Monday, July 27. 2020
The adoption of these amendments is part of the SEC’s ongoing focus on the proxy process. This action follows recent guidance issued by the SEC that clarifies the applicability of the federal proxy rules to proxy voting advice and the proxy voting responsibilities of investment advisers, roundtables on the proxy process in 2018 and proxy advisory services in 2013, and the publication of its Concept Release on the US proxy system in 2010.
These amendments codify the SEC’s longstanding view that proxy voting advice generally constitutes a solicitation under the proxy rules. Accordingly, the definition of “solicitation” in Exchange Act Rule 14a-1(l) has been changed to specify that it includes proxy voting advice (with certain exceptions). The rule changes also clarify that failing to disclose material information about proxy voting advice may constitute a potential violation of the antifraud provision of the proxy rules. The amendments also provide additional illustrative examples to the proxy rules’ antifraud provision in Exchange Act Rule 14a-9.
The definition of the terms “solicit” and “solicitation” in Rule 14a-1(l) has been amended to indicate that proxy voting advice generally constitutes a solicitation within the meaning of Section 14(a) of the Exchange Act. In addition, new paragraph (A) to Rule 14a-1(l)(1)(iii) describes the circumstances in which a person who furnishes proxy voting advice will be deemed to be engaged in a solicitation subject to the proxy rules. Finally, new paragraph (v) to Rule 14a-1(l)(2) codifies the SEC’s belief that proxy voting advice offered by a person who furnishes such advice only in response to an unprompted request is not considered a solicitation.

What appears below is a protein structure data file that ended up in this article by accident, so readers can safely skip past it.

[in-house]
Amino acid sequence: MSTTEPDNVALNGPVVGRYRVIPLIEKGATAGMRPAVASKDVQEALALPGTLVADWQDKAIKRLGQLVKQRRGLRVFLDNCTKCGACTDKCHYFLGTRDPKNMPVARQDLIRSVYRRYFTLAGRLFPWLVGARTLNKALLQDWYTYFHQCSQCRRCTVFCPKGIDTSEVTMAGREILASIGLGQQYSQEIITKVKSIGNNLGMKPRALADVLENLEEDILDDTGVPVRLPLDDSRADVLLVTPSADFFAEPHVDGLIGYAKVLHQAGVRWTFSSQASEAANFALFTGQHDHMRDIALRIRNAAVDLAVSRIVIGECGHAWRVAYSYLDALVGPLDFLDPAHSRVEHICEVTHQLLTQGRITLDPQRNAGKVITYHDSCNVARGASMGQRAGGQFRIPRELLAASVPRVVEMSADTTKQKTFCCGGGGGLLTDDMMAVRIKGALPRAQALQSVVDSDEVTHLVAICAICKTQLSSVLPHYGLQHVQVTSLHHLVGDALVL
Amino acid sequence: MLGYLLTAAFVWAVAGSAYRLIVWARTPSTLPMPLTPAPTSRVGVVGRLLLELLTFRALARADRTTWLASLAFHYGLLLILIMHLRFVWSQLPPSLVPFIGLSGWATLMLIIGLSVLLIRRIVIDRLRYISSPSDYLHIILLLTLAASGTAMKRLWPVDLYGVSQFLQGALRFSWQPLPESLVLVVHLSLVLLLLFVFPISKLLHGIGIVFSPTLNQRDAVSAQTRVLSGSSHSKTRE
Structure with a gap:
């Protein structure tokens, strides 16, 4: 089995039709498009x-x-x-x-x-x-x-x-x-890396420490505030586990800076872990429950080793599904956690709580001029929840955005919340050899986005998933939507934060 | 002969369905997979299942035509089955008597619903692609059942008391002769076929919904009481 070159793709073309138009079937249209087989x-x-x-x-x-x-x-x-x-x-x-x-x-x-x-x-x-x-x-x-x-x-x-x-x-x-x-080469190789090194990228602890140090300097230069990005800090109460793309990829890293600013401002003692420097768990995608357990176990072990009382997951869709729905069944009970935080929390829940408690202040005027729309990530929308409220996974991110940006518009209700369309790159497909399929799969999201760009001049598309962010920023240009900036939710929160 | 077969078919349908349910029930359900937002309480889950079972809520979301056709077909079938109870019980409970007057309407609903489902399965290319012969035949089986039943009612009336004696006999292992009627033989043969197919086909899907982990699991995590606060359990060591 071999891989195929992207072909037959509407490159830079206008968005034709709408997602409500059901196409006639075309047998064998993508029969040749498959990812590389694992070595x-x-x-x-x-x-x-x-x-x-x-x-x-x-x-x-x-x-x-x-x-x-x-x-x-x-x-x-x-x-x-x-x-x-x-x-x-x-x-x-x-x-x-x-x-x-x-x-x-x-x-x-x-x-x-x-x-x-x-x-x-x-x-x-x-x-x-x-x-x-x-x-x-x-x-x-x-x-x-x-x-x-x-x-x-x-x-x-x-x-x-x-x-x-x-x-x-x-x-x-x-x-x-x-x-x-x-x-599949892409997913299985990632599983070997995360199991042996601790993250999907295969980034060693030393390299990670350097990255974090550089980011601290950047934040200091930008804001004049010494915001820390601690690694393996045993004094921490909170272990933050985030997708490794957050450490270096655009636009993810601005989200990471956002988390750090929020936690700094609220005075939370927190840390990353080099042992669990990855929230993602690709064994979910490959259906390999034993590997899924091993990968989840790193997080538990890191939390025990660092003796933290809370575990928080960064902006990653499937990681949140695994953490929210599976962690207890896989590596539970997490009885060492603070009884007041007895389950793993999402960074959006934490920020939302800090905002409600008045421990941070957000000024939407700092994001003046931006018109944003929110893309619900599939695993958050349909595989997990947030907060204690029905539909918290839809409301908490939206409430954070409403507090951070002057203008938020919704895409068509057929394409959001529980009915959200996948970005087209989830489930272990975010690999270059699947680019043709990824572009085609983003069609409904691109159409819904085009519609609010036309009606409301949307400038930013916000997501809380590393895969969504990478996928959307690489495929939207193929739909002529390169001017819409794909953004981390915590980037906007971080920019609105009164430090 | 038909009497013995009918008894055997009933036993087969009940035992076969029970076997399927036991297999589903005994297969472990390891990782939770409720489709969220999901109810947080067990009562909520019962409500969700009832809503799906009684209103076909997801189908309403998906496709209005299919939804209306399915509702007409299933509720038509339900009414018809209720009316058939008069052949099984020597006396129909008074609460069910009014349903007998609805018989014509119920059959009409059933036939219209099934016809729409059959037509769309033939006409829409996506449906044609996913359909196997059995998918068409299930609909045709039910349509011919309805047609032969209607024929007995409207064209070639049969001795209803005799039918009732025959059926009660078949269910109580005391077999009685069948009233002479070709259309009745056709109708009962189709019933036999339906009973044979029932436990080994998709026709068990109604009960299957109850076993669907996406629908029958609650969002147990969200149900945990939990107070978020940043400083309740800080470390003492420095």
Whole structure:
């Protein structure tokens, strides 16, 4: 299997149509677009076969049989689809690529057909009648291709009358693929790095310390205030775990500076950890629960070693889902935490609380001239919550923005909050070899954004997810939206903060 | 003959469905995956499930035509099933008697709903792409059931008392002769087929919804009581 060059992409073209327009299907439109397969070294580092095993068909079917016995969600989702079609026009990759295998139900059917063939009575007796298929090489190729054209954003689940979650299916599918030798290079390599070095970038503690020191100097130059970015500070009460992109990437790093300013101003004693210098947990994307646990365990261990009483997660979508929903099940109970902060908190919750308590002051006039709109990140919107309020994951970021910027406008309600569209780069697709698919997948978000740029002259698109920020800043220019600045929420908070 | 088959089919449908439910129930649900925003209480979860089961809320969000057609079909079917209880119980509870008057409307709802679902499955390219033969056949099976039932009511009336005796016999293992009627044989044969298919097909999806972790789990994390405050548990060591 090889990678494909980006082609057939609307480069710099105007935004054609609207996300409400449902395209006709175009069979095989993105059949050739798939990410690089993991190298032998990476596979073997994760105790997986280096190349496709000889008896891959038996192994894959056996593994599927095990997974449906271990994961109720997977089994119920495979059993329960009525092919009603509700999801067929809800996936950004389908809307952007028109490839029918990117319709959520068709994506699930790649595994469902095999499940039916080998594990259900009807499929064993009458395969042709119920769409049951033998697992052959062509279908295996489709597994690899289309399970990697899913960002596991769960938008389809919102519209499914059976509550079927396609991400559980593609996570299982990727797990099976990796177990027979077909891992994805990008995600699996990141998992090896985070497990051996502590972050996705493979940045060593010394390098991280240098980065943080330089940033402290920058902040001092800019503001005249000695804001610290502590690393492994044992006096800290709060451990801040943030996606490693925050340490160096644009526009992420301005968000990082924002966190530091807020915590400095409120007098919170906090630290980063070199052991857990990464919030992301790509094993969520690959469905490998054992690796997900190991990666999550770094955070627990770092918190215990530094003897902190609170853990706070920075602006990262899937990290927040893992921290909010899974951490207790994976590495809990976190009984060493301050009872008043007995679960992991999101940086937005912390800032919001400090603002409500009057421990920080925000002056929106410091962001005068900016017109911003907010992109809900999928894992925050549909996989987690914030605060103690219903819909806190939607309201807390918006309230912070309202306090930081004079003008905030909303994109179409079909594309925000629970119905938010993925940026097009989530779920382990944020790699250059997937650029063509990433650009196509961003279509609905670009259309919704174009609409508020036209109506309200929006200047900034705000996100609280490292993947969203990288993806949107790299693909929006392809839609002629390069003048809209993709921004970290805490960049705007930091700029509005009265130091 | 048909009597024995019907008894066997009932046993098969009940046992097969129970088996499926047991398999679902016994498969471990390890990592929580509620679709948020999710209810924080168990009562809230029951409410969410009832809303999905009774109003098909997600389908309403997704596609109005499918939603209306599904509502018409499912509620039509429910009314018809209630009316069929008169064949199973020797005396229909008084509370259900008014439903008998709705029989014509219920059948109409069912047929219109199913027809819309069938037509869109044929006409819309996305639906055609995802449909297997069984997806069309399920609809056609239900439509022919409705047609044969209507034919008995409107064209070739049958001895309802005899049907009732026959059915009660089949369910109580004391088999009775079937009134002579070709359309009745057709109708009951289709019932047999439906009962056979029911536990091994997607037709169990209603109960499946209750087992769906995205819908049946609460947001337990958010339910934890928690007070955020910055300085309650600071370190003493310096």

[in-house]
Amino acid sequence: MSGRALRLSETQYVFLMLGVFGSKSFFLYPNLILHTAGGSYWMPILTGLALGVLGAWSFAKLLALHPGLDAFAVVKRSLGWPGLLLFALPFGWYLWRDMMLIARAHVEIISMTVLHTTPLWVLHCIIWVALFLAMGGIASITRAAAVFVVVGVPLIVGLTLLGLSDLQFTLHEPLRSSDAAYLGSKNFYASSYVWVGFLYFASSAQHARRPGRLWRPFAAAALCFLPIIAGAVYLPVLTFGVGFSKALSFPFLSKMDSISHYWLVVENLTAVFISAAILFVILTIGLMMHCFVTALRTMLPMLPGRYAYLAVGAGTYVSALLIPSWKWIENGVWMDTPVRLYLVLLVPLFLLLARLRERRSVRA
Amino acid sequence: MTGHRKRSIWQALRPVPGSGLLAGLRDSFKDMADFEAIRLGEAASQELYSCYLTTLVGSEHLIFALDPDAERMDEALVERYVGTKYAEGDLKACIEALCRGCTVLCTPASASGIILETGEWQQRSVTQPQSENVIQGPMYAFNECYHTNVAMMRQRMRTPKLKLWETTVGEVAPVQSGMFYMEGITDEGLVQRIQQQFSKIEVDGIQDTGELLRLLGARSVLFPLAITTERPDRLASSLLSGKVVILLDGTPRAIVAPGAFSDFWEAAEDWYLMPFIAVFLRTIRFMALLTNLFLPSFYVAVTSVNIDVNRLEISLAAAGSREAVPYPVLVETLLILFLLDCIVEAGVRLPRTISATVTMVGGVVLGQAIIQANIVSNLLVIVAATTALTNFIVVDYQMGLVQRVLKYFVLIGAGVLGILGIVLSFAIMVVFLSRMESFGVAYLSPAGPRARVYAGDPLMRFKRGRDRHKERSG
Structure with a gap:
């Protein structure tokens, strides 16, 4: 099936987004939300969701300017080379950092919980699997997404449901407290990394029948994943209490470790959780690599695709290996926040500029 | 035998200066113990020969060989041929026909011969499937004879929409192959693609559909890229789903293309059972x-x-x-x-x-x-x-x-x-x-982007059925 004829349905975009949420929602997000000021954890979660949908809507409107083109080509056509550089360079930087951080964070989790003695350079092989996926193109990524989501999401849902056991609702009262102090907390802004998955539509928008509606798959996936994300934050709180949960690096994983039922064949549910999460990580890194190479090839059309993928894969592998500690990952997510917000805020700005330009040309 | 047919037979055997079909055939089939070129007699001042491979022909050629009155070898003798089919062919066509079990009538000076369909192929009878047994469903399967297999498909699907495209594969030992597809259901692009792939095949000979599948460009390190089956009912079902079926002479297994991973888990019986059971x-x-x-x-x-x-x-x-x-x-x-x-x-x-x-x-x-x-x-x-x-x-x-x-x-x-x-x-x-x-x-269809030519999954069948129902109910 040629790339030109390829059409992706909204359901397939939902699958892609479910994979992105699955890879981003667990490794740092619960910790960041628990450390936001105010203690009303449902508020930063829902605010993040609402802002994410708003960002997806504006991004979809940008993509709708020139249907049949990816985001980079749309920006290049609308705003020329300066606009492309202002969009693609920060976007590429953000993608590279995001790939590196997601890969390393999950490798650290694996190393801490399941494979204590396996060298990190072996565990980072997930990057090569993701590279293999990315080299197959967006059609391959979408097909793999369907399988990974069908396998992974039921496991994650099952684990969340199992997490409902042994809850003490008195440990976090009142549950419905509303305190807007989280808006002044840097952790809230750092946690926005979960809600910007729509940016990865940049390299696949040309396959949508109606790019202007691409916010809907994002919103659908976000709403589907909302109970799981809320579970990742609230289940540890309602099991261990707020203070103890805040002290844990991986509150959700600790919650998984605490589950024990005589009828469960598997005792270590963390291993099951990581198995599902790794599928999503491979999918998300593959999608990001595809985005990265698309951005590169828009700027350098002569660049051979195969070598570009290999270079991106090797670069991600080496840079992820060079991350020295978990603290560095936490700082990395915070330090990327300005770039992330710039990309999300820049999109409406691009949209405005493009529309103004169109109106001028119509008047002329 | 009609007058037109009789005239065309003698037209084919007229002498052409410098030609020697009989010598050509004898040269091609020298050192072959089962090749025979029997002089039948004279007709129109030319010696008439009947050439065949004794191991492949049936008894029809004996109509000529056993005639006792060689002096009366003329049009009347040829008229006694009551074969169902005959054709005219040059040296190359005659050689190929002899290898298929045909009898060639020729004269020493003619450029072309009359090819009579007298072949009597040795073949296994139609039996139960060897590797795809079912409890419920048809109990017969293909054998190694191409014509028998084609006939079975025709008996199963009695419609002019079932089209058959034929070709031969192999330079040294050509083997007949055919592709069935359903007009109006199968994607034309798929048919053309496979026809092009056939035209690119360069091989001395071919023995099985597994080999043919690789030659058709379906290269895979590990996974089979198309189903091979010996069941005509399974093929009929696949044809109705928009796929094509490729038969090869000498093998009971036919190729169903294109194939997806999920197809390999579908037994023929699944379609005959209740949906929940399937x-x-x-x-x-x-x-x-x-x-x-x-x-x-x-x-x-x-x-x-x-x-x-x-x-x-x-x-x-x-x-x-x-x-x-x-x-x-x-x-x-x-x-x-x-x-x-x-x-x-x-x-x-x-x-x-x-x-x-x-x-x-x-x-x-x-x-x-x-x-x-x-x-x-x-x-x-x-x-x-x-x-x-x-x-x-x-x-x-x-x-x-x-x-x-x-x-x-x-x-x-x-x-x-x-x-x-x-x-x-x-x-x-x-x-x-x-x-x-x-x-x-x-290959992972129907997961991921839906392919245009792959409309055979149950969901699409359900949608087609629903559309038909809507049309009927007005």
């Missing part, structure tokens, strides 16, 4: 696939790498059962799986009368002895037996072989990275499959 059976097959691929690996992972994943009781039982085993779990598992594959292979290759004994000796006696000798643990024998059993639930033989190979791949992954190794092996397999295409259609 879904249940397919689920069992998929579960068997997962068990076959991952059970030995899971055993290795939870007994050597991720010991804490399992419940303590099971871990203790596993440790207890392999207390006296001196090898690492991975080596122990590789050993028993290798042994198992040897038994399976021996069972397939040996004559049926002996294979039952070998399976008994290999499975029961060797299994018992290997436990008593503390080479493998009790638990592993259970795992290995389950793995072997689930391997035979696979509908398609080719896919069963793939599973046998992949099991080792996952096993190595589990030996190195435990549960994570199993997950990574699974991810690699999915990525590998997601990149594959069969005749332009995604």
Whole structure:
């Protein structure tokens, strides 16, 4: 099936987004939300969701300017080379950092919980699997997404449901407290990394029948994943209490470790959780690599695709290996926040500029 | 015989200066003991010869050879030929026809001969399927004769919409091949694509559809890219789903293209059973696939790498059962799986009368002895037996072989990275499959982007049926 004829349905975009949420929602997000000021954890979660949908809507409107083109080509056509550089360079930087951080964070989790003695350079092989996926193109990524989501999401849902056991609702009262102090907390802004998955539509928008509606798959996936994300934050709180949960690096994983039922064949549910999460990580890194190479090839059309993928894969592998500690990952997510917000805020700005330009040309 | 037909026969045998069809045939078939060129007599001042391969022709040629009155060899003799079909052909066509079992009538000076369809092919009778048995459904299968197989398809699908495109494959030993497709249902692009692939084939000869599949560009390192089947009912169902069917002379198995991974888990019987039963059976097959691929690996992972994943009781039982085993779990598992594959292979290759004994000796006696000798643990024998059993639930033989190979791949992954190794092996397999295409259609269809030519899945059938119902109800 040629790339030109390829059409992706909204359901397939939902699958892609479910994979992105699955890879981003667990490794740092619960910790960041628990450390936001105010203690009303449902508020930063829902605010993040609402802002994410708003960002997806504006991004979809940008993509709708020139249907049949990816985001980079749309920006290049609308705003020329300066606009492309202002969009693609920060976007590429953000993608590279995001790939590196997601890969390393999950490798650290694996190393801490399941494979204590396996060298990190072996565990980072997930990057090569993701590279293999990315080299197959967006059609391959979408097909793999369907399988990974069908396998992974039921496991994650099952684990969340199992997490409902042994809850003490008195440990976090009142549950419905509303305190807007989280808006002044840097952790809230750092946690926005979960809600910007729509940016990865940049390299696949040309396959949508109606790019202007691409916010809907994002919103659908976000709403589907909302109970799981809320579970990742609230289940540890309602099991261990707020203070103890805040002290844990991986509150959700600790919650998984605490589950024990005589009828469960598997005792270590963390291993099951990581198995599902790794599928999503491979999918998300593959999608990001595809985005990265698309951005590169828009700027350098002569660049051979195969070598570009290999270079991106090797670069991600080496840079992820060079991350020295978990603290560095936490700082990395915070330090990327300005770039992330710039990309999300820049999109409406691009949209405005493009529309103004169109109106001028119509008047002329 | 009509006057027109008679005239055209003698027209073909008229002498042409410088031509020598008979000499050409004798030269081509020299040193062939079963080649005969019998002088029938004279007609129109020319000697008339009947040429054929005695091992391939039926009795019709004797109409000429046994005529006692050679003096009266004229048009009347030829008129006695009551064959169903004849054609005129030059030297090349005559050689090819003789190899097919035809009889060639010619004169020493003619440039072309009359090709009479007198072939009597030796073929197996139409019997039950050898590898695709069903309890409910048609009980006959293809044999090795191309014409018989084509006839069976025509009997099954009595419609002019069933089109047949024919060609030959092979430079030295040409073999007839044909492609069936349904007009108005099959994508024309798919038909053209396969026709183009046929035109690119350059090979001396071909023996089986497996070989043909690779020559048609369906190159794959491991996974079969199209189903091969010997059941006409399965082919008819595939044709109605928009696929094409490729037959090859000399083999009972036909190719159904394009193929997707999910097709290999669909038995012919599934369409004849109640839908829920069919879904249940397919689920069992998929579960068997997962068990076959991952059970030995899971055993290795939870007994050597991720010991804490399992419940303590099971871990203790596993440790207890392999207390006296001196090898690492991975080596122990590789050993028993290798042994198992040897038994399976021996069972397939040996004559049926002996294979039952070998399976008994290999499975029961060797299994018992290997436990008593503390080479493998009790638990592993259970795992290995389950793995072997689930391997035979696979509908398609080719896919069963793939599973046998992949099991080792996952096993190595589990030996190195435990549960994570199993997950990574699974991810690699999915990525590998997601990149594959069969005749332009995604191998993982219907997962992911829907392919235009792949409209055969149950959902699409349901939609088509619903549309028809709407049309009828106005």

Rules 14a-2(b)(1) and 14a-2(b)(3)
The amendments also revise Rules 14a-2(b)(1) and (b)(3) of the Exchange Act. These rules provide exemptions from the information and filing requirements of the proxy rules. With the new amendments, proxy voting advice businesses must satisfy the following conditions of new Rule 14a-2(b)(9) to become exempt: (1) they must provide specified conflicts of interest disclosure in their proxy voting advice or in an electronic medium used to deliver the proxy voting advice [Rule 14a-2(b)(9)(i)]; and (2) they must have adopted and publicly disclosed written policies and procedures reasonably designed to ensure that:
- Registrants that are the subject of proxy voting advice have this advice made available to them at or prior to the time when such advice is disseminated to the proxy voting advice business’s clients [Rule 14a-2(b)(9)(ii)(A)]; and
- The proxy voting advice business provides its clients with a mechanism by which they can reasonably be expected to become aware of any written statements regarding its proxy voting advice by registrants who are the subject of such advice. This dissemination of information must happen in a timely manner before the security holder meeting [Rule 14a-2(b)(9)(ii)(B)].
The new rules include the following non-exclusive safe harbors which provide assurance to a proxy voting advice business that its written policies and procedures satisfy the above principles-based requirements: